i used to miss the shell. in fact i do occasionally bail out to the dos prompt to edit scripts and such (my MAME cabinets run under DOS so I still have to deal with that) but i realized that what i really missed from the shell was pattern-matching. that was remedied once i found out about the built-in "search" function of windows.
Have you heard of KingCon handler?

c:w (hit tab) -> c:whdload

Pattern matching has been in the Amiga O/S since 2.0 (1991ish?):

list games:m#?k
search games:warez.txt m#?k#?
copy df0:~(#?.info|devs|s)

Again MS-Dos is utter shit in comparison to Amiga - plus on Amiga any app can open a Shell window rather than having to boot in a Dos only mode. (Yes I know pc's can Alt-Enter but that is a naff equivalent)

You don't get the built in copy/paste support from the Dos command window like the amiga either, long winded way to be able to mark - no scrollback buffer (until win 2000) no filename completion (still)... jesus how did pc's ever take off when they are so damn lame?

if you're really chafing on the limitations of windows, theres probably something you don't know about it. i can't think of any common CLI commands on the Amiga that I miss. heck, explorer integration even makes manipulating compressed archive files relatively easy.
If you saw Directory Opus (even v1) in around 1990/1991 (unknown when it came out but approx 10 years ago!) you would know the pc's explorer window is a joke - an unfunny one at that.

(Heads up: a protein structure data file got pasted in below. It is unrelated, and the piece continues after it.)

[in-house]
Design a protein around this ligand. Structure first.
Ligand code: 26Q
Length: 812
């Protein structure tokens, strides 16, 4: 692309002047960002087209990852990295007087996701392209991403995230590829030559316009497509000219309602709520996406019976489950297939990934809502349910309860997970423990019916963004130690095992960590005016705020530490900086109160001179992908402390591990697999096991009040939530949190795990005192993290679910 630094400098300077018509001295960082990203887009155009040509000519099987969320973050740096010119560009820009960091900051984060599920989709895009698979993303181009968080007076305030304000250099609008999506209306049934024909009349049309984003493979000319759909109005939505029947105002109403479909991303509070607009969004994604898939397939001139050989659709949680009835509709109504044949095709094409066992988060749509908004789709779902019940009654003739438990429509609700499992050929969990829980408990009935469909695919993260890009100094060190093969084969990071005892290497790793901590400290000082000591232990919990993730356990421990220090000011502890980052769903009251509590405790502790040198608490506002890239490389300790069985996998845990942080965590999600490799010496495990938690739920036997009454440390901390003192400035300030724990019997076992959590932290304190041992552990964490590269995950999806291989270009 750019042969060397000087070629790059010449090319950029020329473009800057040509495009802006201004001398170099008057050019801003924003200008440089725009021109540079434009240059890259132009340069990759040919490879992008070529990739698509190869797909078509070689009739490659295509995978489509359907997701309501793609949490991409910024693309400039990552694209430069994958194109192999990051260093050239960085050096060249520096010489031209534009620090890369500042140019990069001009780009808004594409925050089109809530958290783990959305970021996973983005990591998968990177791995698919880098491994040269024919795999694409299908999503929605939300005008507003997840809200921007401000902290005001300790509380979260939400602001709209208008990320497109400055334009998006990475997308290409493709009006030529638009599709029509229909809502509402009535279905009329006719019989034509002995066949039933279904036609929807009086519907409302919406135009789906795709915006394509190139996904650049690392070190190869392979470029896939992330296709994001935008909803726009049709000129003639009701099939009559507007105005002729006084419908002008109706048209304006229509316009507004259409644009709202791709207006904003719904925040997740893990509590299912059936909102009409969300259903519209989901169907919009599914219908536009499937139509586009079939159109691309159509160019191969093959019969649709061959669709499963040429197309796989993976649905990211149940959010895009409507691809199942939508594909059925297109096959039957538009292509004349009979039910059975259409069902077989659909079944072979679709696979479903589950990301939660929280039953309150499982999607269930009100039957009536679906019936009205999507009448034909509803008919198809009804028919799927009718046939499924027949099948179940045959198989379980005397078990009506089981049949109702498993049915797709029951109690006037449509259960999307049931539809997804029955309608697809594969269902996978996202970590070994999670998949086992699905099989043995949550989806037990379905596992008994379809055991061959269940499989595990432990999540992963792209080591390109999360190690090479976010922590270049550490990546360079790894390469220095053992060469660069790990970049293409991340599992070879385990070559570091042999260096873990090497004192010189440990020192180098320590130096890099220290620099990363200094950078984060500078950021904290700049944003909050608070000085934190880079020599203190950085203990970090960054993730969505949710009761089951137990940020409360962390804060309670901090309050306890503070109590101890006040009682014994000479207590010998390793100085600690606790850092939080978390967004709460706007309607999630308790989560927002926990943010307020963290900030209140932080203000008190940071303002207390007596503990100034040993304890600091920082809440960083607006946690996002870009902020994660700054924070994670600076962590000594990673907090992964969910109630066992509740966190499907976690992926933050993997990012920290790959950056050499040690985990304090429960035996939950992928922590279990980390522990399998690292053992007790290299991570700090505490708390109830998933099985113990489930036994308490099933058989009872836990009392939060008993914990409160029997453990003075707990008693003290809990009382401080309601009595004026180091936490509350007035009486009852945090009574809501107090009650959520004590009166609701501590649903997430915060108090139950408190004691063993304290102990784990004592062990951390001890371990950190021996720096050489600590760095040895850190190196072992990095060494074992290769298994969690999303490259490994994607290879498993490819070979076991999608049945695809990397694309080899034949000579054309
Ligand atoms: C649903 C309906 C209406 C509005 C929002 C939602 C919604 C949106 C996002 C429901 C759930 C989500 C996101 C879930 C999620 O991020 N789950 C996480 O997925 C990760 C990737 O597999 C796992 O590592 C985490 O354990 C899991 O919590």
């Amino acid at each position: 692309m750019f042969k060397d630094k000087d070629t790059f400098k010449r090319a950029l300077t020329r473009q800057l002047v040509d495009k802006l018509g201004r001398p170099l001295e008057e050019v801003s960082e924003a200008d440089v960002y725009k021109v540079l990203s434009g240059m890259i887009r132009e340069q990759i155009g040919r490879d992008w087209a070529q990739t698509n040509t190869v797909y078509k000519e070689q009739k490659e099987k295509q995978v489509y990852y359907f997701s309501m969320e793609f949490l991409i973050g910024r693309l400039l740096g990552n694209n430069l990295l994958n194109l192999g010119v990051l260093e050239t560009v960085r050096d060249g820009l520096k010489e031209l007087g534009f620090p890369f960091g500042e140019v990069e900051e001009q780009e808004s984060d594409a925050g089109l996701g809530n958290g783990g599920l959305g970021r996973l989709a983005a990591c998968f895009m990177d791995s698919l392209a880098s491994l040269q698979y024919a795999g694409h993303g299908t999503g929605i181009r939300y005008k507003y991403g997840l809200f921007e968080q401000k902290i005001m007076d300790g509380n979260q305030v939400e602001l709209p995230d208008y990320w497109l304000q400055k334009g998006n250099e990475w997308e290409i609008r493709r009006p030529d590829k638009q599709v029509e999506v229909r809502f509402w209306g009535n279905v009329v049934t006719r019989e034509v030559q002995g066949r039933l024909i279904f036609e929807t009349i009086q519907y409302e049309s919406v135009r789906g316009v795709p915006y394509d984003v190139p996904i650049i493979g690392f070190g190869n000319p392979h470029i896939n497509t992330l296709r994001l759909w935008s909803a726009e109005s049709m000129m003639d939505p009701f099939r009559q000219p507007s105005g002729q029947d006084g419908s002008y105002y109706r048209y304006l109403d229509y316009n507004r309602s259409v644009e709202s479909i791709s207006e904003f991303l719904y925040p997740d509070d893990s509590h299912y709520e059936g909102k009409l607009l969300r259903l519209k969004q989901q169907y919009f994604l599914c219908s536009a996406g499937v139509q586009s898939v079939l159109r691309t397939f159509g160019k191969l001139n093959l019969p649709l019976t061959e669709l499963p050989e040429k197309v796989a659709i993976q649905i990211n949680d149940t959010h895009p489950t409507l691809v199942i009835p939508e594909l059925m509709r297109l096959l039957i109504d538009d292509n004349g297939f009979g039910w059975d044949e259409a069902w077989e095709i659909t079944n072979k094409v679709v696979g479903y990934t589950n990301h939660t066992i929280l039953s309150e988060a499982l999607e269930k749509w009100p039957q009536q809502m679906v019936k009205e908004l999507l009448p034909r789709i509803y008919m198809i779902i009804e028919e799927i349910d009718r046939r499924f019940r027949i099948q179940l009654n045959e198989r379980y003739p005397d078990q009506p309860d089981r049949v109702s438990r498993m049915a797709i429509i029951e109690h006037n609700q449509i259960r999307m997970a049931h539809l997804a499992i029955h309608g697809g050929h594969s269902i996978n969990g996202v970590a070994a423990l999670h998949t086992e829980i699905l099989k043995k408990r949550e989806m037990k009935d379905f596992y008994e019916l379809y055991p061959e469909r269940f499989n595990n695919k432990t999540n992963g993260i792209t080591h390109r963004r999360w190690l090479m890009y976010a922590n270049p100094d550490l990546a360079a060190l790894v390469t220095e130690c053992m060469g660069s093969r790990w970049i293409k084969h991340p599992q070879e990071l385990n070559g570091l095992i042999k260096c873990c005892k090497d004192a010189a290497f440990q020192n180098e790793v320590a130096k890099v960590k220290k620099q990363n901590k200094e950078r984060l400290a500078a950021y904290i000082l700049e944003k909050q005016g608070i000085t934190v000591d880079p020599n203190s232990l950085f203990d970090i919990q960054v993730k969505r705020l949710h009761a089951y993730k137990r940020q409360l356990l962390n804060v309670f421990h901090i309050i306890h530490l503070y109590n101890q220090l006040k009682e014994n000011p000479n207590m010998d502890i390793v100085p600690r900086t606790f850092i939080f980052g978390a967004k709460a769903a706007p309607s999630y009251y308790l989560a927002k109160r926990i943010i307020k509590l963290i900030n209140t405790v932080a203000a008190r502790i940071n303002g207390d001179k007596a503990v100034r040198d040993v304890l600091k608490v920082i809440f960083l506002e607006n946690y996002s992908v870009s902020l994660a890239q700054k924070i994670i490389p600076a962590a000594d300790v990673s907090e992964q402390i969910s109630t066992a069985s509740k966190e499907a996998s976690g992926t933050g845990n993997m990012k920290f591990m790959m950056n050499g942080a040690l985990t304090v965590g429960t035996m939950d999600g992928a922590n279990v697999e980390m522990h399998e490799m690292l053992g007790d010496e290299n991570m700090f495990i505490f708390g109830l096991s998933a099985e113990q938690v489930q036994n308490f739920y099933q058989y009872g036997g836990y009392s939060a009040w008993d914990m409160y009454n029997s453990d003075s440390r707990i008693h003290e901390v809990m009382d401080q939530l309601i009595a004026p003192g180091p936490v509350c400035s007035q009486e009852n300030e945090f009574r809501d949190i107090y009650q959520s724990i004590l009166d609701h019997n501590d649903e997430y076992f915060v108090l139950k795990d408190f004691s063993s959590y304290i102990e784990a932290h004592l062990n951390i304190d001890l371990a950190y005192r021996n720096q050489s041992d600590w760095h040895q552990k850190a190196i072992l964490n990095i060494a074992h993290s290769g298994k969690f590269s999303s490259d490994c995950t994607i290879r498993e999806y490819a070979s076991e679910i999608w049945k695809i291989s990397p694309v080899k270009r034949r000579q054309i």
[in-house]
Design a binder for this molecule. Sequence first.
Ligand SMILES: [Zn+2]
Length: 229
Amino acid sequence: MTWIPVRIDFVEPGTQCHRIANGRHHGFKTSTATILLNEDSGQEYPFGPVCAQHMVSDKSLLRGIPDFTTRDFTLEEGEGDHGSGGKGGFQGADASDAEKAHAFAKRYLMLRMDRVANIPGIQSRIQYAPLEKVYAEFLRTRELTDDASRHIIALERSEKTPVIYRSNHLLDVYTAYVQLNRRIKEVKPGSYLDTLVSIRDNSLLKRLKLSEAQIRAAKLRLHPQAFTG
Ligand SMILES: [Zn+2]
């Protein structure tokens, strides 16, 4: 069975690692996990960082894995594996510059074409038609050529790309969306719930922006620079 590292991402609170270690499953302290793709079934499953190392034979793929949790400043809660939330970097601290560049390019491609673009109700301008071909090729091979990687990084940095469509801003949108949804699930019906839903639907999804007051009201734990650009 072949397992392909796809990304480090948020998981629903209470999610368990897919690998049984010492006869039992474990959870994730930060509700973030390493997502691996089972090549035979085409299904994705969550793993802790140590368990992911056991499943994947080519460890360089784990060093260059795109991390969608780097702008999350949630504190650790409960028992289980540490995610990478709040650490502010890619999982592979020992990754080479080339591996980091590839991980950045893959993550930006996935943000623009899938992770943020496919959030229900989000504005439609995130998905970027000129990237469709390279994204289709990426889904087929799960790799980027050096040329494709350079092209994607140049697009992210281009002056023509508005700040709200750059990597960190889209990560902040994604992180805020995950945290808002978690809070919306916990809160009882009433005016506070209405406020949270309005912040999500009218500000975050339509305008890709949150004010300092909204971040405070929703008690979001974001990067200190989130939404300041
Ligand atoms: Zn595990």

No common commands missing eh, you don't use CLI much I guess:

wait 3 ;wait 3 seconds
addbuffers dh0: 200
flushlibs ;clear libraries in ram no longer needed
ppshow gamesics/rips/#?.gif
delete ram:#?~(t|env|clipboards) all
assign df0: dismount

Windows/Command has about 25 commands (.exe), mostly crap. Amiga I would guess has about 50 so don't pretend you can do anything like what you can on the Amiga from the CLI. I type "mk" and it recompiles my HD versions of games, copies into relevant dirs, copies latest readme/instructions, creates HD version, install archive and source archive and then tests them and checks output of text file for no error to tell me at the end a list of archive testing. Try and do that on a PC - I think that takes about 30 lines on the Amiga, mostly the same as it builds 3 archives